An example of an interface between Munich Re and startups at regional level is Mundi Lab, which is an accelerator partnership between Munich Re Iberia & Latin America and Alma Mundi Ventures. Augusto Diaz-Leante, senior vice president of Munich Re Life, Spain, Portugal and Latin America, explains how the cross-fertilisation with startups works: “We select startups from all over the world, such as RiskApp from Italy and Netbee from Brasil. 20 Munich Re executives mentor these startups one-on-one. The best performing companies with the highest potential to disrupt the insurance industry have the opportunity to work on a pilot programme in one of the Munich Re Iberia or Latin America markets. In this way, the sharing of knowledge, experience and expertise is made very concrete.”
Zurich: open innovation
Zurich created a platform to bring together the innovation initiatives and projects in the group. Xavier Tuduri, CEO of ServiZurich Technology Delivery Center: “In the Zurich Innovation Lab, we generate disruptive ideas and strategic R&D projects for the global Zurich group. We believe in open innovation – a collaborative model that means combining the internal knowledge, for example regarding markets, with external talent and disruptive technologies. In this way, we are always at the forefront of the latest disruptive fintech and insurtech developments, while being able to quickly develop tangible prototypes that fit and inspire our businesses. These are prototypes without risky high investments, for example regarding using drones for risk assessment. Each prototype project is led by an employee of ServiZurich, who works together in a team with several startups, universities and institutions. In this way, our people and organisation is injected with new ways of working and thinking.”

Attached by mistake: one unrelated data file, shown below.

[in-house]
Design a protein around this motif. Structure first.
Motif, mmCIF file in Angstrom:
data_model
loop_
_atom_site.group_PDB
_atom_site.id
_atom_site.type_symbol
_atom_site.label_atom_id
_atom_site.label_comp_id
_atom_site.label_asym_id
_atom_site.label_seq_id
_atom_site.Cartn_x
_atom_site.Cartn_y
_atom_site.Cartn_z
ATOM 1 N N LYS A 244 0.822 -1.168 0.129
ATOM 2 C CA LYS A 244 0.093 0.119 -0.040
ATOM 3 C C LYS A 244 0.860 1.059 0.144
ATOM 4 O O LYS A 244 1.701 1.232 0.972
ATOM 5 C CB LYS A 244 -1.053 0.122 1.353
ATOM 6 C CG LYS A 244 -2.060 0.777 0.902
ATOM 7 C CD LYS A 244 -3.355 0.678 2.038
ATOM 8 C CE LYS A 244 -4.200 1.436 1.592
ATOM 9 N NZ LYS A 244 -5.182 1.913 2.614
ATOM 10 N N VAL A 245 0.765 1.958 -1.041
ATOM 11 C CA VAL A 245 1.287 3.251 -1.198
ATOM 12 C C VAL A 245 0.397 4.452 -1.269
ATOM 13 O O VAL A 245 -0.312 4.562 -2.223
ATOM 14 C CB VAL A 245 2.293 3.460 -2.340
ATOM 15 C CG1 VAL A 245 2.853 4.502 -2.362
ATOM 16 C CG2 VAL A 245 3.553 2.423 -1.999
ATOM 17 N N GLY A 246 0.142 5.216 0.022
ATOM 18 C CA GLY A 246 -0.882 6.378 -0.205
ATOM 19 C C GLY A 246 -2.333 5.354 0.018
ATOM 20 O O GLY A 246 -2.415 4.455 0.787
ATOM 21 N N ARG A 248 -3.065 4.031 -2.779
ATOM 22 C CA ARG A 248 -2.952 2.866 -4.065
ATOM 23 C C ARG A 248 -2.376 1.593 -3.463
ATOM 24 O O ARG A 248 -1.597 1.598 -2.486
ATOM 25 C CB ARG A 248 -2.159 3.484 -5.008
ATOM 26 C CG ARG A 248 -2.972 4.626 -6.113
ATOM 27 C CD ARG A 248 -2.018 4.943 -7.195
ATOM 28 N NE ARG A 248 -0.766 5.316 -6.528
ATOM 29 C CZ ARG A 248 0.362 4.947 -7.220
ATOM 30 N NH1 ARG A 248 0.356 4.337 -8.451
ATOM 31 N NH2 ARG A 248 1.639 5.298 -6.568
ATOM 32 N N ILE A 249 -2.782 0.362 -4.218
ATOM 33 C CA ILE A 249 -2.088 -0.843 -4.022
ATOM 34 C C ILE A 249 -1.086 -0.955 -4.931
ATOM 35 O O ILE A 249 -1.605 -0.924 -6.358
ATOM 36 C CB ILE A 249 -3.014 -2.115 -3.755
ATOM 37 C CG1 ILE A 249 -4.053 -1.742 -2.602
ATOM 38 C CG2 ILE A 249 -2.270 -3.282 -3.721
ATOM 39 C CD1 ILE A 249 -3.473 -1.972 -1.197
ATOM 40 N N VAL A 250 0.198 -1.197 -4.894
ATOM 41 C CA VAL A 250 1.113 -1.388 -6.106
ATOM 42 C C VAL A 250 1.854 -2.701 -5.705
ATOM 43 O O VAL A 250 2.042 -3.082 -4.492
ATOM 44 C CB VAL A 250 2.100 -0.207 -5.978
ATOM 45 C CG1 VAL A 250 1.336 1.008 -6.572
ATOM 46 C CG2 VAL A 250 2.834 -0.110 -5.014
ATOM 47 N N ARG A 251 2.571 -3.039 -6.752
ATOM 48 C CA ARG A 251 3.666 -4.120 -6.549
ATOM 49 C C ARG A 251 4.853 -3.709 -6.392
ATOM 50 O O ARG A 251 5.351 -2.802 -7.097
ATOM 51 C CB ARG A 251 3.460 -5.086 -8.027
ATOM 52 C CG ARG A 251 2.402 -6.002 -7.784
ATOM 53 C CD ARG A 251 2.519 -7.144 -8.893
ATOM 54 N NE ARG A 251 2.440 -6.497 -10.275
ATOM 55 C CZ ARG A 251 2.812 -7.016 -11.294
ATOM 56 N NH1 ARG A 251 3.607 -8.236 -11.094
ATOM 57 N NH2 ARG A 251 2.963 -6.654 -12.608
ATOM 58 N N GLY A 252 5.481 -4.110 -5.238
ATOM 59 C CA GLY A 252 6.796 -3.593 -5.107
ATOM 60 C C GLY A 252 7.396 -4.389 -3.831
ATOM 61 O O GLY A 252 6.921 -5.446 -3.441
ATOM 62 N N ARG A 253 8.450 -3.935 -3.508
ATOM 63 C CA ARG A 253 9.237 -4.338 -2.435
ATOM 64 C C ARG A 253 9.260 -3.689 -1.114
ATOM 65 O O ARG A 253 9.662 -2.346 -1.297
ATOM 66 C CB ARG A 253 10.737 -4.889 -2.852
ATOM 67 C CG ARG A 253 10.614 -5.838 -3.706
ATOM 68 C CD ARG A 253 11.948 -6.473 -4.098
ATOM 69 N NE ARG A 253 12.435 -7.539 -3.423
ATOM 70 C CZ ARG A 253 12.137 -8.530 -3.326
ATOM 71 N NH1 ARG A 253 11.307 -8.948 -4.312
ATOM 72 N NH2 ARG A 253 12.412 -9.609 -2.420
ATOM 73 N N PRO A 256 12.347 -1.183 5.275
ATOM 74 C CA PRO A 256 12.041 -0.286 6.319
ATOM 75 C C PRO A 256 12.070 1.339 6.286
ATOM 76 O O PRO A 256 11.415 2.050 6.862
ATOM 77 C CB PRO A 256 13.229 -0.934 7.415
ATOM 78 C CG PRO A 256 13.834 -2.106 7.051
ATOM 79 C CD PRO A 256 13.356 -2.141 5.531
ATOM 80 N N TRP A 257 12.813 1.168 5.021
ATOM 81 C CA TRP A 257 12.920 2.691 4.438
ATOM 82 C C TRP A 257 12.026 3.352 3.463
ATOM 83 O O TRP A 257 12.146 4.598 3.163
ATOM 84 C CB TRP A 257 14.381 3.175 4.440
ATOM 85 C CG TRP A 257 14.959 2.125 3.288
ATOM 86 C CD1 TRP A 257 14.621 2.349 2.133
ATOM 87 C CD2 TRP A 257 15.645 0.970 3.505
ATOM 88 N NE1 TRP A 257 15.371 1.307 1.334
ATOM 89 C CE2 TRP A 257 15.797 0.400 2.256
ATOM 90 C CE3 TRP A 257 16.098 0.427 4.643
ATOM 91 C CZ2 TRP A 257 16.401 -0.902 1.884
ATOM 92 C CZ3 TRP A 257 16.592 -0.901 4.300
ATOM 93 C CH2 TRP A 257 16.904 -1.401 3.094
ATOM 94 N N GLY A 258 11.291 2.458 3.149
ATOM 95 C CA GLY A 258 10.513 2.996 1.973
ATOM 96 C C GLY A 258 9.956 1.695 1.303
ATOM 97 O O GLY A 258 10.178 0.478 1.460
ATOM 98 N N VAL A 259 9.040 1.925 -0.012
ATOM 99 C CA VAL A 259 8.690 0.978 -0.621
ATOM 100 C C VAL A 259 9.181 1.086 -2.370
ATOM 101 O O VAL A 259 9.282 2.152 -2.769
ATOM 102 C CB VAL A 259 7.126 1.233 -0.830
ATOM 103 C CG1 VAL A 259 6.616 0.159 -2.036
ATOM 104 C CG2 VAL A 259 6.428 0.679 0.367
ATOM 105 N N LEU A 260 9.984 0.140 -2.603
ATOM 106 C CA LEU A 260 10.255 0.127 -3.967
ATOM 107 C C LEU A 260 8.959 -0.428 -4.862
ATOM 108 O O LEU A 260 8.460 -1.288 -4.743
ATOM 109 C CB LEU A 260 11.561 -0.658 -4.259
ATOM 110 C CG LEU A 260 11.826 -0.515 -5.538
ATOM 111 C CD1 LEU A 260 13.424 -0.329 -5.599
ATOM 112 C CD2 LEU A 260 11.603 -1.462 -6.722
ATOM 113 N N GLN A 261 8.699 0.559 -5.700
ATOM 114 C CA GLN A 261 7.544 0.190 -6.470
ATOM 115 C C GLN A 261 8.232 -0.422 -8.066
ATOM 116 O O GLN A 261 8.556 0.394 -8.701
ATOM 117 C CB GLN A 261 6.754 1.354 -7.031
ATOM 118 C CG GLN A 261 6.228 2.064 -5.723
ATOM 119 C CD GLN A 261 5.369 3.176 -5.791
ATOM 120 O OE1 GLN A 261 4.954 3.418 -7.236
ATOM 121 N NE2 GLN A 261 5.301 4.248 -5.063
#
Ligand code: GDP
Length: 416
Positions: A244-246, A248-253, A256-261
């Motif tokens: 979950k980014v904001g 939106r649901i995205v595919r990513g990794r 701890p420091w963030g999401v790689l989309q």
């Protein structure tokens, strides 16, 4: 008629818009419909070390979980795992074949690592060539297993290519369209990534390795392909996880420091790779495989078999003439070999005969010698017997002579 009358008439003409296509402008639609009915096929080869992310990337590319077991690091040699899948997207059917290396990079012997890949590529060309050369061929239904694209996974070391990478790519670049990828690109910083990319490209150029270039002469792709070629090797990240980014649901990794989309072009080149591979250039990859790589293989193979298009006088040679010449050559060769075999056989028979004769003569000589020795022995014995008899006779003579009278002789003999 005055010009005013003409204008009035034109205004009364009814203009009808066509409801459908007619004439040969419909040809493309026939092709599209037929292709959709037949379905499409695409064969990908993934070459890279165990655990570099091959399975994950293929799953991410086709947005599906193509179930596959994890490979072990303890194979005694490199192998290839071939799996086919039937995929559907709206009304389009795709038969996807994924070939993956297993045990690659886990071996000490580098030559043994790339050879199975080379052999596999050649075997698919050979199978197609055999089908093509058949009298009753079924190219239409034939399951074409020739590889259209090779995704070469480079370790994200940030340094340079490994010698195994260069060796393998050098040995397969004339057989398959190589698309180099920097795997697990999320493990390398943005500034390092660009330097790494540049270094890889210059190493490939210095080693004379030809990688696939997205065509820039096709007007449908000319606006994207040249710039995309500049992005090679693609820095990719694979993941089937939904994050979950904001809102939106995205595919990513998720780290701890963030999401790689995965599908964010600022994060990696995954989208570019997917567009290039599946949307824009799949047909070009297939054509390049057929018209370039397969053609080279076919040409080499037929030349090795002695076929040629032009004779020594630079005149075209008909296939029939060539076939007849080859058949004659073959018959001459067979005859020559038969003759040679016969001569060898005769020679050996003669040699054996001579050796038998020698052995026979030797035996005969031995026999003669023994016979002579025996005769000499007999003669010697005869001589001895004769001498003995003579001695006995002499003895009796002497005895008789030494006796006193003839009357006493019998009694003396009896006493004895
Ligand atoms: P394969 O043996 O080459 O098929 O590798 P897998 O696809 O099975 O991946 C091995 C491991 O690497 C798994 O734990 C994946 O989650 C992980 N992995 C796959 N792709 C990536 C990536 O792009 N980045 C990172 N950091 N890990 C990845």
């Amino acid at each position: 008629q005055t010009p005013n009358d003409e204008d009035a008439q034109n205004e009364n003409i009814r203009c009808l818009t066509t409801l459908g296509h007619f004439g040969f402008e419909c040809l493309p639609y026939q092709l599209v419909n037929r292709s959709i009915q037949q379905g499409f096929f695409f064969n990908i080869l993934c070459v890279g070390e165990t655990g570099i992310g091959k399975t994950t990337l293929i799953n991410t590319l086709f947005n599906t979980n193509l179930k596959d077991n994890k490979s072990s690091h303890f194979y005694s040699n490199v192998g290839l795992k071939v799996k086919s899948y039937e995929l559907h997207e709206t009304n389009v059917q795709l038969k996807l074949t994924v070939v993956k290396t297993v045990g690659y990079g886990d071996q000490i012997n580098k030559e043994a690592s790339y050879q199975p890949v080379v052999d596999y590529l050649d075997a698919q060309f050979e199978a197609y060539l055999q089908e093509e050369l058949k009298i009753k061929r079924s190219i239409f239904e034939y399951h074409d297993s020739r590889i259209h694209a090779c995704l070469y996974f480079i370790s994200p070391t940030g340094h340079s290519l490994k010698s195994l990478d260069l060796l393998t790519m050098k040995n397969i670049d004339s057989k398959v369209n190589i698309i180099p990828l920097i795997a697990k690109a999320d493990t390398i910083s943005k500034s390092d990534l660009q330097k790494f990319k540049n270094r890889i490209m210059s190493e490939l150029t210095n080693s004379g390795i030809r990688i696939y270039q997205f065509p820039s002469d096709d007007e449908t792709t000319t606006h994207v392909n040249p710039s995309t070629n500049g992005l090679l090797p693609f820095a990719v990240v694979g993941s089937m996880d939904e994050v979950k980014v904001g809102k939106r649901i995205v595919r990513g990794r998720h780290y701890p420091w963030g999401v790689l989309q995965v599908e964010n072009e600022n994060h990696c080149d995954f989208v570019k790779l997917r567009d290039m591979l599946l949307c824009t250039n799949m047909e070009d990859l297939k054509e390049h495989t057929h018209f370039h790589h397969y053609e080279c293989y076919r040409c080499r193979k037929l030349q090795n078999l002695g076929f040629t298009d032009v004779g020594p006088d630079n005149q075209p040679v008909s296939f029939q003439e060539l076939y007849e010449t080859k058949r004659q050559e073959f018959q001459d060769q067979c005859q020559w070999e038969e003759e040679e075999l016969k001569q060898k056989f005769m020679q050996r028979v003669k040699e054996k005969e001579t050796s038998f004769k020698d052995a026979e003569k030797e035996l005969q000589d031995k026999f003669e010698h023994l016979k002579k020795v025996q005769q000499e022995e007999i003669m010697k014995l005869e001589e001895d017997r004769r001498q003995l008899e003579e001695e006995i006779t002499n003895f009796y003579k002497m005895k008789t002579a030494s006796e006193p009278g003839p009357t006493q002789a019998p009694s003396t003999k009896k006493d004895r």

If a financial institution wants to behave like a fintech, it needs to open up, think of what the ecosystem could look like, be at the forefront to see what’s happening, and partner with fintechs to accelerate innovation; to learn, or to advance, the sector as a whole. Roberto Ferrari (CheBanca!) is a protagonist of this mindset: “We believe in a ‘co-opetition’ model. There will be things in which we will be competing with fintechs and other banks, and things that we will be cooperating with the same parties. Therefore, we try to make the Italian fintech community grow.
“‘Building a larger cake’ will be for the good of the whole financial ecosystem, innovation is key and startups will always be the lifeblood of any sector. We among others launched the Italian fintech awards and the Smartmoney blog, which is now the most important vertical innovation in banking blog in Italy. We now have a very strong presence in the Italian fintech community and we’re close to all developments and connections. I and other C-level executives at our bank speak to at least five to six fintechs each week, and we have already launched two new services: award-winning Mobile Wallet and Robo Adviser, thanks to our partnership with some specialised Italian fintech startups. We help them by partnering, but we also want to help them to go abroad, because scale is the key to succeed.”